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On January 16, 2014, Governor Alejandro Garcia Padilla introduced four bills in the Puerto Rico House of Representatives as part of his administration’s proposed energy reform. The reform encompasses: (1) transferring faculties and duties regarding pipelines and natural gas to the Department of Transportation and Public Works (“DTOP”, by its acronym in Spanish); (2) creating a new commission dealing with energy and telecommunication affairs, and a new energy public policy office; (3) amendments to the Puerto Rico Internal Revenue Code to provide incentives for electric cars; and, (4) amending the Puerto Rico Electric Power Authority (PREPA) enabling act.
Bill Transferring Jurisdiction Over Pipelines and Natural Gas Matters to DTOP
House Bill No. 1617 amends certain provisions of the Puerto Rico Public Service Act, Act No. 109-1962, Article 407 of the Political Code of 1902, and the Puerto Rico Excavation and Demolition Center Act, Act No. 267-1998. If approved, Bill No. 1617 will amend Act No. 109-1962 and the Political Code to transfer from the Public Service Commission (PSC) to DTOP the authority to regulate all matters related to the transmission, distribution and delivery of products through pipelines, and all matters related to natural gas. The DTOP will have the authority to order compliance with related regulations, and with the regulations of the Pipeline and Hazardous Materials Safety Administration of the United States Department of Transportation. Also, Bill No. 1617 transfers the Excavation and Demolition Coordination Center (EDCC) faculties and responsibilities from the PSC to the DTOP, including the authority to regulate the coordination of excavations and demolitions. The faculties of the PSC, in regards to the EDCC, are transferred to the Secretary of the DTOP.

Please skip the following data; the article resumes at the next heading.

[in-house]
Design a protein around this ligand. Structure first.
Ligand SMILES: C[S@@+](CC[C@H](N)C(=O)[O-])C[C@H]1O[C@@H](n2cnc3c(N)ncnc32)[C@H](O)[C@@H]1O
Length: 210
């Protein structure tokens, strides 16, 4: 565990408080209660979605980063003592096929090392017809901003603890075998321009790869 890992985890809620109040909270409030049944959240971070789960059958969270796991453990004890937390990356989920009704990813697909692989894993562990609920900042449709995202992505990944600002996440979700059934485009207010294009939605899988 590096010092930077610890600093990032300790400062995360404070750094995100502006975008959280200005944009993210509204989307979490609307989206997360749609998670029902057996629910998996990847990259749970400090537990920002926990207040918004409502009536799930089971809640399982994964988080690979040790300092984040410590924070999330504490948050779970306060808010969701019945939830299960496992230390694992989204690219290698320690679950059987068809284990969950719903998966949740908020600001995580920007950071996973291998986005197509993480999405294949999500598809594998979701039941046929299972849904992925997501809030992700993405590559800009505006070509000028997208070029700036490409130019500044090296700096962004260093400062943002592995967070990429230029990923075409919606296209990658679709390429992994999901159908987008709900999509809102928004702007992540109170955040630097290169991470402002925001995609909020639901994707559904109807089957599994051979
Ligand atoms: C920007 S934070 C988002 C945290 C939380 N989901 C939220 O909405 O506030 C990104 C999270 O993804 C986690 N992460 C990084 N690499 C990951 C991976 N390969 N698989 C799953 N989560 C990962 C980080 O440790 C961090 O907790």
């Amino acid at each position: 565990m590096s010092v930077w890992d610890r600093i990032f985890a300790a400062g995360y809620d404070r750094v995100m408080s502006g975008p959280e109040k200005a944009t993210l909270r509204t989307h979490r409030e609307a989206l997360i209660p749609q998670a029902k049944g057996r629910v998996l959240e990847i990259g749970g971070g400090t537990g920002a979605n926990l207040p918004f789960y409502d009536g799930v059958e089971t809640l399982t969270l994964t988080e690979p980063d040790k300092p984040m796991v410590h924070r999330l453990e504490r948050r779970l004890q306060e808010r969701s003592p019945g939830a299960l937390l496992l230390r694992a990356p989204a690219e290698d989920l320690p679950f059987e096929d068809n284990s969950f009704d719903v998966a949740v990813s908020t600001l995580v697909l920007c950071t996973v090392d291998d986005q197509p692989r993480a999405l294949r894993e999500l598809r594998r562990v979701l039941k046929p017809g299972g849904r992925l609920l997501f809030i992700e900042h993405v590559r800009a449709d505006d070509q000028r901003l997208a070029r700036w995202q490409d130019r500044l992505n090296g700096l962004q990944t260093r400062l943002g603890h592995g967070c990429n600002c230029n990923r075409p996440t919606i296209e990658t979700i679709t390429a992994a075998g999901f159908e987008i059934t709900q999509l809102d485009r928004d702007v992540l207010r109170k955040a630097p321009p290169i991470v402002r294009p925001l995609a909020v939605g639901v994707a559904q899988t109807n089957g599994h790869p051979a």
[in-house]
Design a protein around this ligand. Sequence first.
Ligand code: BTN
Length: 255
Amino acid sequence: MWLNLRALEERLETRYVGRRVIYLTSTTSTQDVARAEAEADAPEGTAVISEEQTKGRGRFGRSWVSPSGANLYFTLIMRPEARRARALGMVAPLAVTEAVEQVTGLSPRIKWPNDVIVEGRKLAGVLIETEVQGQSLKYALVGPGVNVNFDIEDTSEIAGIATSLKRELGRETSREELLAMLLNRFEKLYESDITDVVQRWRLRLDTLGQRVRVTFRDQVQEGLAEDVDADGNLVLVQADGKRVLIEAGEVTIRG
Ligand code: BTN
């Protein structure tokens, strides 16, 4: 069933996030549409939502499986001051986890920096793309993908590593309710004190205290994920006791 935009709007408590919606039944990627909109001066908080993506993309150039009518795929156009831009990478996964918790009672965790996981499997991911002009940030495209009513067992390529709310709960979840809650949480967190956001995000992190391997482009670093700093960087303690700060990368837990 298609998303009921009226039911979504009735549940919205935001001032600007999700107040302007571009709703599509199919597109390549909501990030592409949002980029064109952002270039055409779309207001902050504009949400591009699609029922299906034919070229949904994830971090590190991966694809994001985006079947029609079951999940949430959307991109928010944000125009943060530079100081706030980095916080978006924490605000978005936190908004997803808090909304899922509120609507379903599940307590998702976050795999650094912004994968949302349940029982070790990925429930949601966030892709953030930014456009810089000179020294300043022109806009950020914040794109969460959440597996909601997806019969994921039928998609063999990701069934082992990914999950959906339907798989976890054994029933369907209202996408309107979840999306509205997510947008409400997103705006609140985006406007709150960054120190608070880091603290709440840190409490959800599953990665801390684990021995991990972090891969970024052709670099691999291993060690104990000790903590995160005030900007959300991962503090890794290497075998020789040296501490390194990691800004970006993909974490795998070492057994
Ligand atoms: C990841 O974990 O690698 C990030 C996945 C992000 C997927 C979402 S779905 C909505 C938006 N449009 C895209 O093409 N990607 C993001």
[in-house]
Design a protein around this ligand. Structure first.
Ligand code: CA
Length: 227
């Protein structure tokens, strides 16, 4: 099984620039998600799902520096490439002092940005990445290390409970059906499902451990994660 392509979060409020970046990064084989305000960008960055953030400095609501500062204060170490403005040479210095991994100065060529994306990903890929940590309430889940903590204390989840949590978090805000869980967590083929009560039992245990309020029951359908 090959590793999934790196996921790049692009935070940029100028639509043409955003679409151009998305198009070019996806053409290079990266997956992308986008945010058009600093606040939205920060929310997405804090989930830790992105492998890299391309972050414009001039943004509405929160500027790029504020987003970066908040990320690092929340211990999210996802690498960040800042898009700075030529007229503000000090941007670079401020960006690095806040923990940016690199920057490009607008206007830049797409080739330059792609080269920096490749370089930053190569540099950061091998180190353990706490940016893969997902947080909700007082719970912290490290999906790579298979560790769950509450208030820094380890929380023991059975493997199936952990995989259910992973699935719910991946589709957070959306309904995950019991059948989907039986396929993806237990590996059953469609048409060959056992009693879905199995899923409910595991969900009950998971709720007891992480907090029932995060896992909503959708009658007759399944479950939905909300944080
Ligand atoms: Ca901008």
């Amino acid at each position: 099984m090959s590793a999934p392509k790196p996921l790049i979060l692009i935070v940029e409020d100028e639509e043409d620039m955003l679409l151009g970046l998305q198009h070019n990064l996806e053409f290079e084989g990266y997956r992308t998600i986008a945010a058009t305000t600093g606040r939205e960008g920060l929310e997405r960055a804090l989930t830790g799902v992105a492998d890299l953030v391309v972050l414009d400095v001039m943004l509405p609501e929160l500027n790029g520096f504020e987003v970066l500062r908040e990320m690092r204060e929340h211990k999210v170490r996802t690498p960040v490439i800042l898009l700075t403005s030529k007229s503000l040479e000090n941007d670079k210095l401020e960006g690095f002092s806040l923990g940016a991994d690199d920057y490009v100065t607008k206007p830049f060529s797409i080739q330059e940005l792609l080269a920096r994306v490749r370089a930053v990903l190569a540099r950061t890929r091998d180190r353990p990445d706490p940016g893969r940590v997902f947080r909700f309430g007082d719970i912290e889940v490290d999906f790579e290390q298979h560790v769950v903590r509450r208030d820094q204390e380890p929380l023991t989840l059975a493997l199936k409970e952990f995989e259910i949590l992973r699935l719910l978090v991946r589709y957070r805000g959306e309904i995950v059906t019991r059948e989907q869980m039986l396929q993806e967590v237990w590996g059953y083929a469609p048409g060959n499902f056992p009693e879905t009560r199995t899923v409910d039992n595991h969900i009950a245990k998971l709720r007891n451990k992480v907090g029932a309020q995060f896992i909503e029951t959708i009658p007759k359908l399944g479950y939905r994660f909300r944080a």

Creation of the Energy and Telecommunications Commission
House Bill No. 1618 creates the Puerto Rico Energy and Telecommunications Commission (PRETC) and the Energy State Energy Public Policy Office (SEPPO). The PRETC would merge the powers presently assigned under law to the Puerto Rico Telecommunications Board, into a new entity that will have an expanded jurisdiction covering telecommunications, paid television and electric services in Puerto Rico. The PRETC will have five (5) commissioners, two (2) of whom will need to have experience in telecommunications, and the other three (3) experience in energy affairs. Three (3) of the five (5) Commissioners will be appointed by the governor, while the other two (2) will be selected by the governor from a list with not less than twelve (12) candidates that the Senate and the House of Representatives ranking members of political parties other than the governor’s political party will submit. The Commissioners appointments are for seven (7) year terms, except for two (2) of the initial commissioners whom will be appointed for nine (9) year terms.